Since many cyberattacks aren’t fully disclosed, it’s difficult to accurately assess the financial impact ransomware has on business but, according to the Internet Crime Report 2021, the IC3 received 847,376 complaints in 2021 on all internet crimes, with losses amounting to $6.9 billion.

A recent report from Coveware indicates that the average ransomware case in Q4 2021 lasted 20 days. The report also shows that the most serious cost from ransomware is associated with business interruption. Even if your organization has backups that you use to restore what’s been lost, it can be days before systems are back up and running, which can have a significant operational, financial and reputational impact.

Numerous surveys describe the breakdown in communications between cybersecurity pros and the actions taken, or not taken, by the C-suite. But there are indications that commercial software development practices are improving. A recent survey from GitLab indicates that automated software pipelines are discovering security vulnerabilities prior to code getting shipped. As devops is increasingly shifting left, there are also some mindset shifts going on. 

Mitigation and hardening guidance

Embedded identifiers enable the RaaS provider to remotely identify their affiliates and pay their commissions. But those identifiers also provide investigators a way to directly connect individual attacks with broader campaigns. 

“While the industry has continued integrating security into development, and organizations are beginning to improve security overall, our research shows that a more clear delineation of responsibilities and adoption of new tools is required to completely shift security left,” said Johnathan Hunt, vice president of security at GitLab. “In the future, we hope to see security teams find more ways to lay out clear expectations for the other members of their organization, and continue to adopt innovative technologies for scanning and code reviews to improve speed and quality of development cycles.”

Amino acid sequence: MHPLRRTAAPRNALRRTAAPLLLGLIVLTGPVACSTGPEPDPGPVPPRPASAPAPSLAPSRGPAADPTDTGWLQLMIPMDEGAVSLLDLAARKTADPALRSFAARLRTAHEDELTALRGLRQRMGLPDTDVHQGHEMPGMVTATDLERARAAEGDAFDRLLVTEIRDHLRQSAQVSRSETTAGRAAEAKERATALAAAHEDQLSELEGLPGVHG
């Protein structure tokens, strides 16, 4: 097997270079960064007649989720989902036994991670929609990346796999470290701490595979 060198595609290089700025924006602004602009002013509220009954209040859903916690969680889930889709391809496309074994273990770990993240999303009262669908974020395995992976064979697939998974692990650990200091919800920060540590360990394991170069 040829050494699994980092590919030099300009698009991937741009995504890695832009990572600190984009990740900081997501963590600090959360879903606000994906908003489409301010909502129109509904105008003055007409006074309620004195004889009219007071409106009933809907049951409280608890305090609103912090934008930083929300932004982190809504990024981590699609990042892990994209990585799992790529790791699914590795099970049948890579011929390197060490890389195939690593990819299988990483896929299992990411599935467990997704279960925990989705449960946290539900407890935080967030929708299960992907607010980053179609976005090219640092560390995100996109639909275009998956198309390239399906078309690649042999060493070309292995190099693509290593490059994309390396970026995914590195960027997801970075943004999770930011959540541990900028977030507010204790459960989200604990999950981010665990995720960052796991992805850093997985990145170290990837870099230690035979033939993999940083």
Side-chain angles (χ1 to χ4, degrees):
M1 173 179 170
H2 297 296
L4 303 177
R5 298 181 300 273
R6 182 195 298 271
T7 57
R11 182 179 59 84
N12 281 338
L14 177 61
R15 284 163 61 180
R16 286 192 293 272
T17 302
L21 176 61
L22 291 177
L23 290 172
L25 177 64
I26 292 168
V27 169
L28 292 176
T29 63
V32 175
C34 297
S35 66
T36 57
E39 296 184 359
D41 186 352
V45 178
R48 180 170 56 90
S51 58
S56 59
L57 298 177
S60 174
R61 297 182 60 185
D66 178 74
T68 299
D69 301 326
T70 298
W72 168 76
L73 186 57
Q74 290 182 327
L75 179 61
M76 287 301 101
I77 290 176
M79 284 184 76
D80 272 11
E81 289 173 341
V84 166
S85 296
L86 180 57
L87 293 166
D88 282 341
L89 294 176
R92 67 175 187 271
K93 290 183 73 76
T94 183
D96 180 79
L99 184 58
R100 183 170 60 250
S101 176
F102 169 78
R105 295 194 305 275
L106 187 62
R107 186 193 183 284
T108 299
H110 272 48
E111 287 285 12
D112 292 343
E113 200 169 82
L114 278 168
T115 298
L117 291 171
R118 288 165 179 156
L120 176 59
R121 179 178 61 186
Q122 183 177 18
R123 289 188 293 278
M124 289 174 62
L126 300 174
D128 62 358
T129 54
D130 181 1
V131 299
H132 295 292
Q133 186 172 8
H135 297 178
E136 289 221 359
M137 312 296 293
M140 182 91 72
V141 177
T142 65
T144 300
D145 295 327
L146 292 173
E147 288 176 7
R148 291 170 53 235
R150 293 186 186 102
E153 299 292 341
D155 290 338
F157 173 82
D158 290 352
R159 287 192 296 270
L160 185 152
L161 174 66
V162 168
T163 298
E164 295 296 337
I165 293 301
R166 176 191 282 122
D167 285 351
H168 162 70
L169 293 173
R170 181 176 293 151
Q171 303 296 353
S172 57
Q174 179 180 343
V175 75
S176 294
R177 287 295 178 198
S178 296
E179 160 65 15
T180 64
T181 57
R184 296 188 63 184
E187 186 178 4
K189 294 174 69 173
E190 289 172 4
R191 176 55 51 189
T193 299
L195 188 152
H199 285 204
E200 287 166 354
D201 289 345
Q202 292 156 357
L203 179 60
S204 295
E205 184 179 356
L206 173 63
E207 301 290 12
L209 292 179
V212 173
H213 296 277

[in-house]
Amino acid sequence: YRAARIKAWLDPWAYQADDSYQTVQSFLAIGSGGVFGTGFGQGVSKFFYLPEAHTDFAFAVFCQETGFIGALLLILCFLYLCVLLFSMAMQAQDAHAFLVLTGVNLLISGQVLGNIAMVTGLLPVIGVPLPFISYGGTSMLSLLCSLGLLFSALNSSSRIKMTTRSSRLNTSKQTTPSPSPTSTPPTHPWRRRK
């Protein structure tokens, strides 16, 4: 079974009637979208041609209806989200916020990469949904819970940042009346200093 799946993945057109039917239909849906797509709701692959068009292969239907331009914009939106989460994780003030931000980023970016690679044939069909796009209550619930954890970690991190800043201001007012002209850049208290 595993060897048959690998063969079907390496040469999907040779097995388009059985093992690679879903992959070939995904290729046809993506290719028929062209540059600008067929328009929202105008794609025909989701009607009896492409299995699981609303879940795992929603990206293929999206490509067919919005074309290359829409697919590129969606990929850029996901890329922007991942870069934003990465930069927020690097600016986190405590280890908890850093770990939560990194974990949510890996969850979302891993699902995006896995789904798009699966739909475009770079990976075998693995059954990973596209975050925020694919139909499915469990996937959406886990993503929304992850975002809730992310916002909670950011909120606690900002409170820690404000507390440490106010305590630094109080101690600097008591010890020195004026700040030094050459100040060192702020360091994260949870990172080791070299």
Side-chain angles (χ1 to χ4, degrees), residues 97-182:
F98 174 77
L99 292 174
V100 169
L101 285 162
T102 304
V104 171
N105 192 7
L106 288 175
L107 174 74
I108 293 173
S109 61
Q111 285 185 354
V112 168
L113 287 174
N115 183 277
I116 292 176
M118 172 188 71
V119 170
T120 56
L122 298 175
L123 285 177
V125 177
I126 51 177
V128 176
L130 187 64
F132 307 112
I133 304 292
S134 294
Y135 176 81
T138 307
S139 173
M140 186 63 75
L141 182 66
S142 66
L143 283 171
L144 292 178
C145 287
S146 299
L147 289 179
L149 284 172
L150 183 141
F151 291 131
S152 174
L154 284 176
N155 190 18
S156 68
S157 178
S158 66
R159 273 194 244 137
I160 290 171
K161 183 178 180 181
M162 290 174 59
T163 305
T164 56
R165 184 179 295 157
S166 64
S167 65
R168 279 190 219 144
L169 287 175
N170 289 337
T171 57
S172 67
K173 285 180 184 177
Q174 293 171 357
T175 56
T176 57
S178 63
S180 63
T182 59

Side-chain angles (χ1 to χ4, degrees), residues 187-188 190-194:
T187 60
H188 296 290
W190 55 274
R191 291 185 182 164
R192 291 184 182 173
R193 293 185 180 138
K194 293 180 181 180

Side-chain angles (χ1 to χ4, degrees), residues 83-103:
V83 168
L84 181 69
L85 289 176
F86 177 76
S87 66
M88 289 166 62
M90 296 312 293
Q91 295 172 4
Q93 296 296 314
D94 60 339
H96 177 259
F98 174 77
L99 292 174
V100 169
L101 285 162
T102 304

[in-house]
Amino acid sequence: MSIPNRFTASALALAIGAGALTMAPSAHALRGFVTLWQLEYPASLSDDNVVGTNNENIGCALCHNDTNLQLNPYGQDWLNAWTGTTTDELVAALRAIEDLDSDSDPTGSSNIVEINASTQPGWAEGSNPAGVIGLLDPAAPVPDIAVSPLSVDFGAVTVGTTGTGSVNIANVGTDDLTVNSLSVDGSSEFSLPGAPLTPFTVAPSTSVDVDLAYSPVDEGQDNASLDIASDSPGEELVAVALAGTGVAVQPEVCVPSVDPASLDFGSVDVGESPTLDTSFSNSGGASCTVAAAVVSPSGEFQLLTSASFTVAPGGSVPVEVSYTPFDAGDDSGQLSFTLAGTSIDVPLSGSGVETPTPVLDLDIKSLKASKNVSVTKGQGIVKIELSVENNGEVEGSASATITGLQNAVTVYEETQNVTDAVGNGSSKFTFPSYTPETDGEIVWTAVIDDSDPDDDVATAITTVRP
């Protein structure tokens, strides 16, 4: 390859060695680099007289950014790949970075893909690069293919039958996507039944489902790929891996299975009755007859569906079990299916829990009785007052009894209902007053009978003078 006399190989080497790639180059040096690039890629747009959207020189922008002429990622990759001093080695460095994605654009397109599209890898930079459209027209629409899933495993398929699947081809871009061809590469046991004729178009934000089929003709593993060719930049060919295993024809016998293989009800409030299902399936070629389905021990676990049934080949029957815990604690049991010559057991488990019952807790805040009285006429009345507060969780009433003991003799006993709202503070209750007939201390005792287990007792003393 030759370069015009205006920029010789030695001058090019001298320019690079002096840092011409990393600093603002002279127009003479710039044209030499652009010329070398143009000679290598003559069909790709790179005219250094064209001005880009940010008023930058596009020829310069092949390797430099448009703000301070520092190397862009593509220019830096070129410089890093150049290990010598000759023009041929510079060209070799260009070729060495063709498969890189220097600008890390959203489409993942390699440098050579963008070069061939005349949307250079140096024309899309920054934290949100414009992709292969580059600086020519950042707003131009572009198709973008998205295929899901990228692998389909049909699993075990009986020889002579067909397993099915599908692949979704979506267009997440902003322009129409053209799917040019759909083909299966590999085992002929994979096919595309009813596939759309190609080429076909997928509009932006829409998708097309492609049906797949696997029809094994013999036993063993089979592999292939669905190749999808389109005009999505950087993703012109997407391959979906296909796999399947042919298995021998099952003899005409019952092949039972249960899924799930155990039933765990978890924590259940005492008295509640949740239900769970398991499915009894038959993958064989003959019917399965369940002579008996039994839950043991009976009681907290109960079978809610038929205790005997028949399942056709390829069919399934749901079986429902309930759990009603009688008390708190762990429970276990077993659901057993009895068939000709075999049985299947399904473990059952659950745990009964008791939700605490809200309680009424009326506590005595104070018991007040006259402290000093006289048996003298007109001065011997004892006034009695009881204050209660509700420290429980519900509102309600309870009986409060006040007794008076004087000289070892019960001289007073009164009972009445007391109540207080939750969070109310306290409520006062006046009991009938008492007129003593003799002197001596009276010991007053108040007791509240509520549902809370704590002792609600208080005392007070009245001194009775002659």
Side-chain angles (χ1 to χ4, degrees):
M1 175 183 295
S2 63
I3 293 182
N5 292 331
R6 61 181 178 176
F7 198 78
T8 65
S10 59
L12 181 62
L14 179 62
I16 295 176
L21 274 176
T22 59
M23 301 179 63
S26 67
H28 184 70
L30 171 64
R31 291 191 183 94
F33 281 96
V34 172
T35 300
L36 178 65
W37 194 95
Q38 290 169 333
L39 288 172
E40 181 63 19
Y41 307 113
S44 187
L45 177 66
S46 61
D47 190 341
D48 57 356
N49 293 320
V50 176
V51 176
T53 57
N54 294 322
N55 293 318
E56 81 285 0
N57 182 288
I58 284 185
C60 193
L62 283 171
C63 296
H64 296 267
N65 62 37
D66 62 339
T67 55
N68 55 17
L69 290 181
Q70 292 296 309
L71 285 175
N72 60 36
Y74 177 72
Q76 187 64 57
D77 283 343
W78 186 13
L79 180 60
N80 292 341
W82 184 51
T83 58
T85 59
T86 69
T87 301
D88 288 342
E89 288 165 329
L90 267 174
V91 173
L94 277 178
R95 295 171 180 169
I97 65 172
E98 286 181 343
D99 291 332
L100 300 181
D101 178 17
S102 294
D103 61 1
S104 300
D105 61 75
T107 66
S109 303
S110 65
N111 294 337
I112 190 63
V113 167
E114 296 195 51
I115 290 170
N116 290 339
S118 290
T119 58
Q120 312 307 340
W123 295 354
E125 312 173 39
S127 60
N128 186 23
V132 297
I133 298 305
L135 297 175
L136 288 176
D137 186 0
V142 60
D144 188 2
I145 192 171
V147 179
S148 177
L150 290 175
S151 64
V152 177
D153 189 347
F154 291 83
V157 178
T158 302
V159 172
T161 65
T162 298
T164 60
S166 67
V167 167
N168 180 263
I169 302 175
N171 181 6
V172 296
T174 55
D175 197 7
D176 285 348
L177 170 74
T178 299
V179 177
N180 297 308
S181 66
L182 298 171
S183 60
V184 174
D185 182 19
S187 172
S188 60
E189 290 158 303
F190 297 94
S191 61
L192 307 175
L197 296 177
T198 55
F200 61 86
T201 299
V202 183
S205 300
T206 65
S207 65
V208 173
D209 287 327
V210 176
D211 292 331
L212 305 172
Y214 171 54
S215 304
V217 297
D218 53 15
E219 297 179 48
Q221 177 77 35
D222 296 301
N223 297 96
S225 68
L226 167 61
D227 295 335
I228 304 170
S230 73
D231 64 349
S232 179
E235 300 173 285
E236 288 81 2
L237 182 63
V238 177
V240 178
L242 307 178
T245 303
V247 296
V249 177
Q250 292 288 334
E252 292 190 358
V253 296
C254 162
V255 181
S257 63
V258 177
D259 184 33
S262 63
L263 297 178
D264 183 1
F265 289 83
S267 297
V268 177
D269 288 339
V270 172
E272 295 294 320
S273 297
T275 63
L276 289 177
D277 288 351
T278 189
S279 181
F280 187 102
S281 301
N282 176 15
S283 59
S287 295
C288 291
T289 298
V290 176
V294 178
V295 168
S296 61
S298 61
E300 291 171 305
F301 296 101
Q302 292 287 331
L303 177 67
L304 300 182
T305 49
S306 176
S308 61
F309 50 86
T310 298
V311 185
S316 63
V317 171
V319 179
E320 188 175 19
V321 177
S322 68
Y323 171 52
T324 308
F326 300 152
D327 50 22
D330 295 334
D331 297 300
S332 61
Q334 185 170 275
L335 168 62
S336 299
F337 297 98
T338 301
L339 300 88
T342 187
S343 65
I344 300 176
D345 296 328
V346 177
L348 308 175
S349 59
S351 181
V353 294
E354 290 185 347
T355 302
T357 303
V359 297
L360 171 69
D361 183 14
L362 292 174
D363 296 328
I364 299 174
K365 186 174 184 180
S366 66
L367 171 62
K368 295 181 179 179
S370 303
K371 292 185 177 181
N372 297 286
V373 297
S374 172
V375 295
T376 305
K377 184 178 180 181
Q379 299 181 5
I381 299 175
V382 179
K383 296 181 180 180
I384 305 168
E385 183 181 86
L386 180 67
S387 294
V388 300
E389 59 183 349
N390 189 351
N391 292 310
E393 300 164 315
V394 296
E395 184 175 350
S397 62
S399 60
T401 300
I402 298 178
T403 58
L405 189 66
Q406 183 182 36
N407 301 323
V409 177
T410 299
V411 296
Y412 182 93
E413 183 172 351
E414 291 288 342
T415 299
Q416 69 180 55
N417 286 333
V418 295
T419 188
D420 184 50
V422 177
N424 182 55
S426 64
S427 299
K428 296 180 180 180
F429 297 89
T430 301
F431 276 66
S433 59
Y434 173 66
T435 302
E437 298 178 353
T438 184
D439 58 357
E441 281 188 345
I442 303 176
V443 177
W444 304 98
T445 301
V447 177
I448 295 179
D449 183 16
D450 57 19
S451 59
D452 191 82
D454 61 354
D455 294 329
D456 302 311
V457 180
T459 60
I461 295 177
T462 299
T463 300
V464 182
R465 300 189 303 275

The National Institute of Standards and Technology (NIST) released Defending Against Software Supply Chain Attacks in April 2021. The report highlights common attack techniques and actions network defenders should take to mitigate vulnerable software components.

Recommendations from NIST include a vulnerability management program thatch enables the organization to scan for, identify, triage and then mitigate vulnerabilities. An organization’s vulnerability management program should include processes and tools for applying software patches, as necessary.

Network defenders should utilize configuration management and process automation to track products and services the enterprise uses and the vendors that provide them. Keeping up-to-date with changes (patches, new versions, end-of-life events, etc.) for each such product or service is challenging, but fundamentally necessary.

RaaS attacks will continue and by all accounts they’ll become more streamlined. Preventing your enterprise from loss of data, resources, time and money will require trained staff, and vigilance.